Thursday, April 23, 2015

Dirty Words from the World of Book Reviews by Linda Root

We are drowning in lists--grocery lists, shopping lists best sellers, worst dressed, sexiest man, cutest dog, most cunning cat...but the lists  I find the most annoying have to do with books--writing, reading, reviewing and promoting.  I have my reasons.  I am a writer, a voracious reader and a serious reviewer and I find the language of book reviews  as creative as fast food for dinner and as exciting as a barium enema as a nighttime ritual.  My fellow writers Mickey Mayhew and Michael Schmicker should teach a class: How to Write an Incredibly entertaining Highly Intelligent and   Masterful Book Review.' At least I'd approach  reviews of my work without wincing, no matter how many or how few stars my novel rates.
Terms which turn me off:
Thriller:  Besides being a Michael Jackson musical masterpiece, a thriller has special meaning for me and others who are  1. long of tooth;  2. advanced in age;3.  Seniors; 4. mature adults; 5. old people.    Each of those terms are on another list I will discuss on a day when I have both 1) ice; 2. Jameson's; and 3) no other commitments.  To most people old enough to vote and still breathing  (unless they grew up in live in Cleveland where Thriller is a roller coaster at  Euclid Park) a thriller is something exciting and fraught with danger.  A book I consider a thriller is Silence of the Lambs. Another is Relic.
 A thriller is a high-octane, very scary piece of work.  It is not a highly plotted Elizabethan mystery involving ladies and monkeys and dwarfs and nuns and spiders.  Nor is an espionage story in which the scariest thing in the book is a Russian woman with a silencer on her H & K.  All action adventures are not thrillers.  Not every good piece of fiction with tension and intrigue is a thriller.

Which leads to the ubiquitous page-turner.  For some reason if a book is not labelled a page-turner, it is doomed unless it is the Bible or something written by Neil Stephenson.  Why must we equate excellence in writing with a product which must be digested in one giant gulp.  We savor good wine;  appreciate beer with the right amount of head, and sip champagne.  Why do we have to guzzle words to make them worthy of ingesting? I recently read a book by author David Blitx which I consciously put aside to let it penetrate the inner reaches of my mind, or to laugh at plot twists I found amusing or ironic or simply delightful.  And I was on a schedule.  Some books by Susan Howatch can be read in sections according to the point of view of the character.  They are not barn-burners, or races. The last line is not a Finish Line.  A good book engages its reader and keeps the interest level high, but it is not a  390-page literary marathon.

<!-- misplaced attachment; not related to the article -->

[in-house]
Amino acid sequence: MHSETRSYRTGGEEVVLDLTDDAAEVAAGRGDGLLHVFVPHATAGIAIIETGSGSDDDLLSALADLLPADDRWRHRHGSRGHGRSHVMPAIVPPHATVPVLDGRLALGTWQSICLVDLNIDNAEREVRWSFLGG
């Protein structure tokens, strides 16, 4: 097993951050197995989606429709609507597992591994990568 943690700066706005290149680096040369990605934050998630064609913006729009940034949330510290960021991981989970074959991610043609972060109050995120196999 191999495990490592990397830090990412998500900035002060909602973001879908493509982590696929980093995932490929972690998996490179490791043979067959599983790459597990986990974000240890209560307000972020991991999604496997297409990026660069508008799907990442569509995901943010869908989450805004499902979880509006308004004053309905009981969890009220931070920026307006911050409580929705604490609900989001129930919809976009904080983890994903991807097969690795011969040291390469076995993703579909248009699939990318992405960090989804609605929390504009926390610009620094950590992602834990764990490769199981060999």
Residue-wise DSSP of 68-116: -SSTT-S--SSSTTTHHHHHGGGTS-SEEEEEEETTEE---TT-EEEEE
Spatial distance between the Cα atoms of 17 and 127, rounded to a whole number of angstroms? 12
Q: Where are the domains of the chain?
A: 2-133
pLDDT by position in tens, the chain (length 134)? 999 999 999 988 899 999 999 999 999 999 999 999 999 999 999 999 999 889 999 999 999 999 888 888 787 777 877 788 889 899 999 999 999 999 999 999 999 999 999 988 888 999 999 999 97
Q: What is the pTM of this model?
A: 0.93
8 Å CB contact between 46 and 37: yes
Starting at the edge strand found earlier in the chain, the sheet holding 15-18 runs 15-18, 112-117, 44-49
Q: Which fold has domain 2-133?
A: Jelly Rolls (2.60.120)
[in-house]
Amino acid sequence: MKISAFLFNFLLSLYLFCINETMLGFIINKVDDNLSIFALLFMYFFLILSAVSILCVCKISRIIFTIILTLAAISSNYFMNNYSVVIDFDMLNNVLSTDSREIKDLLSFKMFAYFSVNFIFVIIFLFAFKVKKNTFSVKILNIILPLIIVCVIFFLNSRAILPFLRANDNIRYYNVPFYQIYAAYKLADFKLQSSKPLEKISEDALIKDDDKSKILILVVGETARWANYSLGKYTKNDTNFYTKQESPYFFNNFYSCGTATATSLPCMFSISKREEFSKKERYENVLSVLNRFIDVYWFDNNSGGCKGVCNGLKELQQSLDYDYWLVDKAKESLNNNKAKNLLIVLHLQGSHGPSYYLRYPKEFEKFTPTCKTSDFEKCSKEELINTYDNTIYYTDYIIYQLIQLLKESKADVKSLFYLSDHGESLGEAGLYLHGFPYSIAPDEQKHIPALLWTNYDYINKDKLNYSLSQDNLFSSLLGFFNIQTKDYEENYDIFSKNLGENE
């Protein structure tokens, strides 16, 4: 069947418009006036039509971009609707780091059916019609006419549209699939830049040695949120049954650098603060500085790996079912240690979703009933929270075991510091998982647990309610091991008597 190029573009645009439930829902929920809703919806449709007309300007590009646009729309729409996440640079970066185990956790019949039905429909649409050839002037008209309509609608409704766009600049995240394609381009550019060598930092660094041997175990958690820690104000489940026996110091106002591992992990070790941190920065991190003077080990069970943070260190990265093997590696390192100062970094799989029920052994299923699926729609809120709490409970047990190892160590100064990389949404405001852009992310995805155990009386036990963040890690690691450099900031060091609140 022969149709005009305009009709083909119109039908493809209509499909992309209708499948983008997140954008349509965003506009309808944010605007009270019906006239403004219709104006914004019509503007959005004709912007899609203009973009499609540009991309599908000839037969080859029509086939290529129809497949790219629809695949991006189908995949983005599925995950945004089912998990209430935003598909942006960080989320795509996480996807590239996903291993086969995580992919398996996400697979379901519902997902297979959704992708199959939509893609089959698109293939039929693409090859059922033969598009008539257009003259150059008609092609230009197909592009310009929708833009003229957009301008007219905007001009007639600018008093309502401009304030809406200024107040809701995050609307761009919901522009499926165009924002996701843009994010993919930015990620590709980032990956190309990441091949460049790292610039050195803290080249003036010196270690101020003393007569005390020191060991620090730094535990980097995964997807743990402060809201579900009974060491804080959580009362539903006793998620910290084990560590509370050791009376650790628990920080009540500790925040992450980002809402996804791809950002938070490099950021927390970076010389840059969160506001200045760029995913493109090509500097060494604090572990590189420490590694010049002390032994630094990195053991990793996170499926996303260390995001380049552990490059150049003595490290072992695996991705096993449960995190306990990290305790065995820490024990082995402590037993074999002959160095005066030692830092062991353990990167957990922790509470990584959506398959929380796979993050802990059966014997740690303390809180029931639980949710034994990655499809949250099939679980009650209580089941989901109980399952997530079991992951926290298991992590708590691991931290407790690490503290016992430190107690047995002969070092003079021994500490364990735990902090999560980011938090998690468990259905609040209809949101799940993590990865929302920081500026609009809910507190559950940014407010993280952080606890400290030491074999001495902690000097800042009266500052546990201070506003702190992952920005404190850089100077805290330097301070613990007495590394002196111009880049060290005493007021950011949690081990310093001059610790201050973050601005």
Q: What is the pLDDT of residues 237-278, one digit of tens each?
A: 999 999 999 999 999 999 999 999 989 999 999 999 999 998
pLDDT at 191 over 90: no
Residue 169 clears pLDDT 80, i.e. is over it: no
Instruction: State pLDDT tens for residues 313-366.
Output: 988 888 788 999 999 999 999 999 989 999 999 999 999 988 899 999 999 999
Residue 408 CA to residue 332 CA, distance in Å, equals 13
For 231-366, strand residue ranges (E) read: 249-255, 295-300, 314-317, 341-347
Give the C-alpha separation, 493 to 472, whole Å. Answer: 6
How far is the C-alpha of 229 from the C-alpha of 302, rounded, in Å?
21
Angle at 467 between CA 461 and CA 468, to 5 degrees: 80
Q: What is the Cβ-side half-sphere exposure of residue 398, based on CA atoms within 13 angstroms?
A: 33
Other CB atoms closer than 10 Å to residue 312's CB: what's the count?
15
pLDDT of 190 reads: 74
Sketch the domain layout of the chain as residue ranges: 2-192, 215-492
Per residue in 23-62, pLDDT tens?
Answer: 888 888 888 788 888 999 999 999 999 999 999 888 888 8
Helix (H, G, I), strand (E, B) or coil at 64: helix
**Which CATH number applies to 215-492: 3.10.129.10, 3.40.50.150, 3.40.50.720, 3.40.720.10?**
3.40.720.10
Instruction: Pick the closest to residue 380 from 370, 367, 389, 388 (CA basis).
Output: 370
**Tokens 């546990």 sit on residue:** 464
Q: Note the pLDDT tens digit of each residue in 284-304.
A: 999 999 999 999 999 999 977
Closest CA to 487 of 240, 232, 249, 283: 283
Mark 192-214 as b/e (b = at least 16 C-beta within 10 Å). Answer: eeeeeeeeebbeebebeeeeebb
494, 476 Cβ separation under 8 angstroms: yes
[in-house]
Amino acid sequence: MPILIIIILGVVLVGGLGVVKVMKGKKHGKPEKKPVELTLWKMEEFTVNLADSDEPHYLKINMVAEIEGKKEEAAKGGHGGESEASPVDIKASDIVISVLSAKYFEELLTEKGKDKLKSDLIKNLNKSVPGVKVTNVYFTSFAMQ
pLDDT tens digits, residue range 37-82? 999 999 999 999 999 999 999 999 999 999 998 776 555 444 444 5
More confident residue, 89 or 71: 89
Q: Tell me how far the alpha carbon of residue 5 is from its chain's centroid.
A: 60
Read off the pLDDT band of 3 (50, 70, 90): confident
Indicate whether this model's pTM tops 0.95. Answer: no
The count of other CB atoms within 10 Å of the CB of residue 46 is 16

There are other terms bandied about in reviews on Amazon and elsewhere, assuming there still is an elsewhere.  For example, a reading experience is not necessarily a 'ride'.  Also in my opinion, there is no such thing as a masterpiece by James Patterson. Mr.Patterson is a fine prolific writer who I read and enjoy, but his books are not masterpieces. Eco sometimes writes masterpieces.  Patterson writes excellent pulp fiction.  I also hate the overuse of the term 'tale'.  There is something about calling a books about a serial child molester a 'tale' which I find obscene.  'Yarn' is another one.  Yarn is not just antiquated and a tad too cute--it implies a complicated, tangled plot with a homespun quality. Hannibal is not a yarn.

The new word which drives me to frenzy is 'steamy'. For some purposes  we find books rated on their steam value.I am not quite sure how steam and sex became equated--perhaps on Grey's Anatomy.  On the other side of the same gripe I find the word 'sweet' applied to every Victorian novel where kissing is a brushing of taunt lips on a gloved hand and no one removed clothing other than a cloak or a hat.  If the entire plot is saccharine, then sweet is as good a label as any but if the story involves a heart-rending romance  full of emotion and tension, it desires a more substantial label than 'sweet'.
I understand the term 'cozy' when applied to a specific class of arm chair mysteries.  It is the title of a sub-genre, like time-slip.  When I've had enough of guts and gonads, I am drawn to a 'cozy.'  I occasionally like books where the principal character (as opposed to protagonist) is a cat, an elderly busy-body or a vicar.  We cannot all be John Ryan or Lucas Davenport.

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